I walked way ahead of Porter, since we could see each other for long distances. I understood that his wanting time to himself had nothing to do with getting away from me, I too wanted to be alone with the silence. Once in a while I looked far back to see whether he was still there. Even when I couldn’t see him, we were still present to each other, graced with our respective solitudes in the shadeless, unlimited space.
It didn’t help that the trail itself got harder and harder. The Sierra Nevada mountains of Central California will chew you up and spit you out. Rugged. Pure. Primeval. Enthralling. The 200 miles also known as the John Muir Trail will entice you with its pristine splendor, then the extreme elevation and dangerous weather would just as soon kill you as allow passage. It isn’t a place for wimps, and I developed a deep respect for Gail Storey and her ability to persevere. It’s in this rough and rocky wilderness where the book title evolves. One night in camp, when Porter is asking about her health, she tells him, “I Promise Not to Suffer.”
It was a chance encounter with a mountain lion that led Gail to many of the answers she sought. She was hiking ahead of Porter and came face to face with the dangerous cat alone. They stared at each other, eye to eye, for what seemed like minutes. Gail saw fierceness in those piercing green eyes, but she also saw enlightenment and freedom. It stuck with her throughout:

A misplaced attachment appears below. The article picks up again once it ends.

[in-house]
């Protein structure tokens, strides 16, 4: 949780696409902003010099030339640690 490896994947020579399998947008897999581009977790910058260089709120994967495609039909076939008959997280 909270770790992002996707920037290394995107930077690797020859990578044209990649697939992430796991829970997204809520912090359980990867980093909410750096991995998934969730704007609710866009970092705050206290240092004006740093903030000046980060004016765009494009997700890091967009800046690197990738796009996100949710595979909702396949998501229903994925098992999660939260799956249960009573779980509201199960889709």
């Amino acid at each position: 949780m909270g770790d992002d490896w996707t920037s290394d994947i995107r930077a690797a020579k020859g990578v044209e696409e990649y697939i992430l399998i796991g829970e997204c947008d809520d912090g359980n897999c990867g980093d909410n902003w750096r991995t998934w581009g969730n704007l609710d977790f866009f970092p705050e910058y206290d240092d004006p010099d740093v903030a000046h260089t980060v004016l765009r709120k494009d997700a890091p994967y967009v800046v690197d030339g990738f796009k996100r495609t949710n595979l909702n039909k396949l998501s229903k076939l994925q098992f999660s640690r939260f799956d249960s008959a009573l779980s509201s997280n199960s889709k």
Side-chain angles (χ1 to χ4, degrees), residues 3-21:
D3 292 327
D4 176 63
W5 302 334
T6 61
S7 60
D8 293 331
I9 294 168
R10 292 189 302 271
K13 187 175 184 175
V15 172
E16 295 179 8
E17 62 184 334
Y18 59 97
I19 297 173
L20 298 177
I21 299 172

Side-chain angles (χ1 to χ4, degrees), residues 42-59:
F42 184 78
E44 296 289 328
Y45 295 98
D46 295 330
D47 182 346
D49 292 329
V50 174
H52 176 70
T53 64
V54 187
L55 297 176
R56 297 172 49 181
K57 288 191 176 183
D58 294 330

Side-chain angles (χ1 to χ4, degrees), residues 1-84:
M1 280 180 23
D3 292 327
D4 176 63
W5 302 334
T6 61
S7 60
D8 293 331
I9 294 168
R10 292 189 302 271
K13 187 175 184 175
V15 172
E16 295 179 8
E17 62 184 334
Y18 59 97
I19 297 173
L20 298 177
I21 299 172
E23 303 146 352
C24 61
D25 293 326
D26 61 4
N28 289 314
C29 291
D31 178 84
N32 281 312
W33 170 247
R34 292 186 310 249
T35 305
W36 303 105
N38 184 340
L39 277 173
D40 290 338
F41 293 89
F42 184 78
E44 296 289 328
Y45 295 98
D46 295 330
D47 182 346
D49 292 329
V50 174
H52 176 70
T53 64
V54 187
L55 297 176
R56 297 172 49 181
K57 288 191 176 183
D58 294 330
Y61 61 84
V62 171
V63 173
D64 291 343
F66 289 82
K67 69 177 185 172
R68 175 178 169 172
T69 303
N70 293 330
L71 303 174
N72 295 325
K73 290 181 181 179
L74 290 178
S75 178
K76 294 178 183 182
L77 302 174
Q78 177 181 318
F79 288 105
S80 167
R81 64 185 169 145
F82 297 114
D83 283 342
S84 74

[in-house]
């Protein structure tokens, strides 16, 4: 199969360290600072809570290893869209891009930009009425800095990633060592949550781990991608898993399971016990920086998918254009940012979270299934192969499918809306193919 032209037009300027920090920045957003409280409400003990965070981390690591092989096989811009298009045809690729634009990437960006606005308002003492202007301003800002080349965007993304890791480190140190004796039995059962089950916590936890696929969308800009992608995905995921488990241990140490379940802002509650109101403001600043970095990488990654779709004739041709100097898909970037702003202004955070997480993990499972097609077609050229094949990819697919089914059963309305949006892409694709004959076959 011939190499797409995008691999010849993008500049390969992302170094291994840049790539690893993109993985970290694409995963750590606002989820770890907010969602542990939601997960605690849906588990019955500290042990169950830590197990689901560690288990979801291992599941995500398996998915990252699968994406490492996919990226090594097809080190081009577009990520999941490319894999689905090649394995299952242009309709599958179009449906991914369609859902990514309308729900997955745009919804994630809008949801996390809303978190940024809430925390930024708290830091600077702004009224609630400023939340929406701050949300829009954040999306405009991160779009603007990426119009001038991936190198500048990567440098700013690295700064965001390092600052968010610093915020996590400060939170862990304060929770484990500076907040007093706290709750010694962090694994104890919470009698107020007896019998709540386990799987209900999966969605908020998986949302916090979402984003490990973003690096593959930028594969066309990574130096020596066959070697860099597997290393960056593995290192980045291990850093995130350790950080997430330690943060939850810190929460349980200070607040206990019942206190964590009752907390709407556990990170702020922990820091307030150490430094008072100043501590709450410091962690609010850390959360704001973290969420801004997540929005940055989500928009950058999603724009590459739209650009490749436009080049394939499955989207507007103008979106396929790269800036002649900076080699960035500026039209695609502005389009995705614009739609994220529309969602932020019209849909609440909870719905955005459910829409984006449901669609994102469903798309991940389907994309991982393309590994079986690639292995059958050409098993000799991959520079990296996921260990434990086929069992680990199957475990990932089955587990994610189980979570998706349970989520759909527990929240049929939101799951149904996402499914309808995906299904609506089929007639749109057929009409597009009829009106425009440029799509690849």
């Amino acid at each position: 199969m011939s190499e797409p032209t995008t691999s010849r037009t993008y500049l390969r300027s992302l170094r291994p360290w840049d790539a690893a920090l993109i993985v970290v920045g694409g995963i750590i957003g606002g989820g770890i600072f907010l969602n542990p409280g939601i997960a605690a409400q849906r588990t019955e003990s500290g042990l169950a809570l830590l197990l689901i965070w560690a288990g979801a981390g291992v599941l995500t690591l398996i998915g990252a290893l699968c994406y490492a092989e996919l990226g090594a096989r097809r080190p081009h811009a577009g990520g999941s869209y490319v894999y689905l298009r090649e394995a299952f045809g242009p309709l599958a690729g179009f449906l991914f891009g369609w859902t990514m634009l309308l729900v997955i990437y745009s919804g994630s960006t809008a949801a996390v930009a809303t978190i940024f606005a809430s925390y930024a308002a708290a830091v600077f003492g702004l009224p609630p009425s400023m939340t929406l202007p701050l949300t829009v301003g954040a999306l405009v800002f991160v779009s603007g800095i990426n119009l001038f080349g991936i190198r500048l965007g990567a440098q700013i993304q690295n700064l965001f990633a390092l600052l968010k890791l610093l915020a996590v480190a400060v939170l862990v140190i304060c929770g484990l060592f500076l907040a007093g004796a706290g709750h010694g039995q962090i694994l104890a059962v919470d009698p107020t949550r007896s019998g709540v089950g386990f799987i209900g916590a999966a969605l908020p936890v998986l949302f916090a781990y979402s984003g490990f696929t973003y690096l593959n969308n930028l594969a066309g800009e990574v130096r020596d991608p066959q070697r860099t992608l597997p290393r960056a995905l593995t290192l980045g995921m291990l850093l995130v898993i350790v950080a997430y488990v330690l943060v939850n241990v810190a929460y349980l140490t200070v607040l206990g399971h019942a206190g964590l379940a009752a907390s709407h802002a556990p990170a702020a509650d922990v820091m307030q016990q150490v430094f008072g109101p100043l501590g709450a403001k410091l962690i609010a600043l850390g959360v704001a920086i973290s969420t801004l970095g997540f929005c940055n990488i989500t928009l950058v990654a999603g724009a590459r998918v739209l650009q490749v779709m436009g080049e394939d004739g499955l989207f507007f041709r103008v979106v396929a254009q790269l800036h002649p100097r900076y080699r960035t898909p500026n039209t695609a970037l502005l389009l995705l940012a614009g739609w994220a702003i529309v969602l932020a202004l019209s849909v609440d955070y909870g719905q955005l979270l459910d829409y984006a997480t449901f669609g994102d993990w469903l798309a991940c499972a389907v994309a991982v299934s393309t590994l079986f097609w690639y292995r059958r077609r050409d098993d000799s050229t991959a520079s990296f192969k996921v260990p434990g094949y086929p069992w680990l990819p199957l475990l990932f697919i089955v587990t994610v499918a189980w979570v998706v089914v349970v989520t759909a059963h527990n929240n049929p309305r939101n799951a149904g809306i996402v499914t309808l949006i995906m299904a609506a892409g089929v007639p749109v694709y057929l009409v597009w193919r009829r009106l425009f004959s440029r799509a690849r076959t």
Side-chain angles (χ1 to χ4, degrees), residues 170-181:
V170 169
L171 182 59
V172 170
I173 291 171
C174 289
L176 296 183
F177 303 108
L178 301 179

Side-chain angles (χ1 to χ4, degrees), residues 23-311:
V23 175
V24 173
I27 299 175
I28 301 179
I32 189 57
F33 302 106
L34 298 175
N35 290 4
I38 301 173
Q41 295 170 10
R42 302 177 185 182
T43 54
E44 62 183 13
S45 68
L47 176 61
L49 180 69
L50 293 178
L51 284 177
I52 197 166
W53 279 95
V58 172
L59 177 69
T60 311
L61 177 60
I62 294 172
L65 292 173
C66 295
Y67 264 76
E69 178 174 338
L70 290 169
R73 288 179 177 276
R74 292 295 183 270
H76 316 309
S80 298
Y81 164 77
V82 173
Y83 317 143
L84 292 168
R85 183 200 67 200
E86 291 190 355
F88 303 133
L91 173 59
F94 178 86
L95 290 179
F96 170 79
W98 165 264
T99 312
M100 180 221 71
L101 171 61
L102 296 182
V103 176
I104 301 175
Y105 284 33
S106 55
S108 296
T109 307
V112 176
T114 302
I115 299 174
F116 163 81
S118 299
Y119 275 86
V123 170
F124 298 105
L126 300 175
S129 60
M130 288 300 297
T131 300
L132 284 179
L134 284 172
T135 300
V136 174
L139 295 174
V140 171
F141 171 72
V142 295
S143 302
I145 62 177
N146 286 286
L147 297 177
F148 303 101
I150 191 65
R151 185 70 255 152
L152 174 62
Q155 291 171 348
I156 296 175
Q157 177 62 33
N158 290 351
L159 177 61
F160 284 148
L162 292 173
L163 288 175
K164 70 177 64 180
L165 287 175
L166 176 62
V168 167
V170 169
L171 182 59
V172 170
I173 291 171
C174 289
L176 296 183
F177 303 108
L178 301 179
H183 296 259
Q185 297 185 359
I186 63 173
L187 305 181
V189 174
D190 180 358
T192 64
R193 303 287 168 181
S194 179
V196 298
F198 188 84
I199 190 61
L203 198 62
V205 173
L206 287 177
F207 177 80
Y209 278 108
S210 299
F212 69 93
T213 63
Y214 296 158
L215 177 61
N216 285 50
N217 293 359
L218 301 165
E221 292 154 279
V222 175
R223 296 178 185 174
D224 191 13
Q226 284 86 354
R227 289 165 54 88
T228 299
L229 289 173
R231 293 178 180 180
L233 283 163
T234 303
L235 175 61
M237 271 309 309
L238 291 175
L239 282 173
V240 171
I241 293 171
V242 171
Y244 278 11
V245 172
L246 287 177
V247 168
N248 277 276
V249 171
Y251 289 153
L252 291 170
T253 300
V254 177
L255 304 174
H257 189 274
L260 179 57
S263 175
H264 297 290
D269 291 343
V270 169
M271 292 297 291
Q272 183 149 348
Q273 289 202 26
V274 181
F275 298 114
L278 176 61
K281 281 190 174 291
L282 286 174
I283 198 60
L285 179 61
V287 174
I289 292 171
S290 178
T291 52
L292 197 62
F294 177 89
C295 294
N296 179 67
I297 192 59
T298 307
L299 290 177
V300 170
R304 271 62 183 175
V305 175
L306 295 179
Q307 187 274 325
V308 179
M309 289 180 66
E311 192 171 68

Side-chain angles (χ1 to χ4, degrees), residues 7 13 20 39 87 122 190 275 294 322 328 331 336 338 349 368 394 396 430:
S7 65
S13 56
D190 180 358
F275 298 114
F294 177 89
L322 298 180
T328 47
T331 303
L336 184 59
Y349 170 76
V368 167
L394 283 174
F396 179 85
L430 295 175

I searched for words for the spaciousness the mountain lion had led me into on the mountainside. “It felt so familiar, so natural.” The Mojave green rattler, with its venom poisonous to the brain and spinal cord, was a real danger here. But since my experience with the lion, I felt the peace of our coexistence. “Mountain lions don’t reveal themselves to everyone,” Porter said.
I Promise Not to Suffer is a story of accomplishment, of perseverance, of fear and struggle. But most of all, it’s a story of Gail and Porter’s abiding love for each other and willingness to share experiences… whether failure or success. Love isn’t always easy. There are pitfalls along the trail to enduring, unconditional love; just as there are pitfalls along the Pacific Crest Trail. It is hard. The Pacific Crest Trail is hard, very hard. So too is love, but in the end, it is ever so worth it.
I love you too, I said, to Porter, myself, and everyone I knew, ever have, or ever will.
Yes, I enjoyed I Promise Not to Suffer. It’s witty. Storey has a self-deprecating sense of humor that makes her instantly likable. For a hiker considering a thru hike of their own, it’s enlightening. Storey doesn’t pull any punches. She tells it like it is about the Pacific Crest Trail. This is not an endeavor anyone should take lightly. A great feature of the book are the Appendices that include: how they built their ultralight gear, the food they packed and shipped to themselves to remain nourished, and lists for emergency preparation that would be useful not only for the hikers but for their friends and family back home.
It’s thought provoking. Frequently I found myself asking the same questions as I read Gail’s quandaries. What do I fear? What am I made of? Do I have the guts to do something I’m completely apprehensive about because it’s a goal of the love of my life? How can I be better? Take a spin through your own mind as Gail Storey opens her’s in I Promise Not to Suffer.
Gail D. Storey is the author of novels: The Lord’s Motel and its sequel, God’s Country Club, as well as stories, essays, and articles. Gail’s blog at gailstorey.com features photos and videos related to I Promise Not to Suffer. Her blog at amberstorey.com pokes soulful fun at pretty much everything. A proficient hoopdancer and trans-American tandem bicyclist, she is also notorious for jumping out of cakes. She lives in Boulder, CO with her long-suffering husband Porter, MD FACP FAAHPM, a national leader in hospice and palliative medicine.